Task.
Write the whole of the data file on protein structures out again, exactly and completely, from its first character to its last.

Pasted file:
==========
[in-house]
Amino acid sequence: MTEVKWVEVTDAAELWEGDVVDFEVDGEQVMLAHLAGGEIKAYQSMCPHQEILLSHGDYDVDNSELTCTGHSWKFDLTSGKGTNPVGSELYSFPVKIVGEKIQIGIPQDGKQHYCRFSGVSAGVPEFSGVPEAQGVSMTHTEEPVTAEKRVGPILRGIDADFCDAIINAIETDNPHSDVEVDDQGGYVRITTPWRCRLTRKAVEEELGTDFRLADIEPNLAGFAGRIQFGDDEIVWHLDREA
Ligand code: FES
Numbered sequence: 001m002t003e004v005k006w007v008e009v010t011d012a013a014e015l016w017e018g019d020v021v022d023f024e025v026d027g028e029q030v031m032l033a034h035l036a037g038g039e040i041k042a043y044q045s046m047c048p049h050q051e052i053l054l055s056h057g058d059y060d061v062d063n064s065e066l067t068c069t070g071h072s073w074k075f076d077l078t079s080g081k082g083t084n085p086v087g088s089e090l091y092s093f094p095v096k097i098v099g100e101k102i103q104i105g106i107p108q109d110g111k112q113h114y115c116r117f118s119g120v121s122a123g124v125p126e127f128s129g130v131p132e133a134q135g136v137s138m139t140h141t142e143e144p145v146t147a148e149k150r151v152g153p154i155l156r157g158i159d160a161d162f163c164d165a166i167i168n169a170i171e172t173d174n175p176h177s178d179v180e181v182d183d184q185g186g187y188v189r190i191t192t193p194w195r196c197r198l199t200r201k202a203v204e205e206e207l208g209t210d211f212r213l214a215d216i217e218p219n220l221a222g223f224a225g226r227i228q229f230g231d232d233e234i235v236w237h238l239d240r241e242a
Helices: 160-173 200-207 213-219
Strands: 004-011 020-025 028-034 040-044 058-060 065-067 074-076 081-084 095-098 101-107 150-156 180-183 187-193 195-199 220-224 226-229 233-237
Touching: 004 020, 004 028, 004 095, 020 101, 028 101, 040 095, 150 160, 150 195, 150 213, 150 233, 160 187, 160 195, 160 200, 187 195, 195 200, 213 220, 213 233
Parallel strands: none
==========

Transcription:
[in-house]
Amino acid sequence: MTEVKWVEVTDAAELWEGDVVDFEVDGEQVMLAHLAGGEIKAYQSMCPHQEILLSHGDYDVDNSELTCTGHSWKFDLTSGKGTNPVGSELYSFPVKIVGEKIQIGIPQDGKQHYCRFSGVSAGVPEFSGVPEAQGVSMTHTEEPVTAEKRVGPILRGIDADFCDAIINAIETDNPHSDVEVDDQGGYVRITTPWRCRLTRKAVEEELGTDFRLADIEPNLAGFAGRIQFGDDEIVWHLDREA
Ligand code: FES
Numbered sequence: 001m002t003e004v005k006w007v008e009v010t011d012a013a014e015l016w017e018g019d020v021v022d023f024e025v026d027g028e029q030v031m032l033a034h035l036a037g038g039e040i041k042a043y044q045s046m047c048p049h050q051e052i053l054l055s056h057g058d059y060d061v062d063n064s065e066l067t068c069t070g071h072s073w074k075f076d077l078t079s080g081k082g083t084n085p086v087g088s089e090l091y092s093f094p095v096k097i098v099g100e101k102i103q104i105g106i107p108q109d110g111k112q113h114y115c116r117f118s119g120v121s122a123g124v125p126e127f128s129g130v131p132e133a134q135g136v137s138m139t140h141t142e143e144p145v146t147a148e149k150r151v152g153p154i155l156r157g158i159d160a161d162f163c164d165a166i167i168n169a170i171e172t173d174n175p176h177s178d179v180e181v182d183d184q185g186g187y188v189r190i191t192t193p194w195r196c197r198l199t200r201k202a203v204e205e206e207l208g209t210d211f212r213l214a215d216i217e218p219n220l221a222g223f224a225g226r227i228q229f230g231d232d233e234i235v236w237h238l239d240r241e242a
Helices: 160-173 200-207 213-219
Strands: 004-011 020-025 028-034 040-044 058-060 065-067 074-076 081-084 095-098 101-107 150-156 180-183 187-193 195-199 220-224 226-229 233-237
Touching: 004 020, 004 028, 004 095, 020 101, 028 101, 040 095, 150 160, 150 195, 150 213, 150 233, 160 187, 160 195, 160 200, 187 195, 195 200, 213 220, 213 233
Parallel strands: none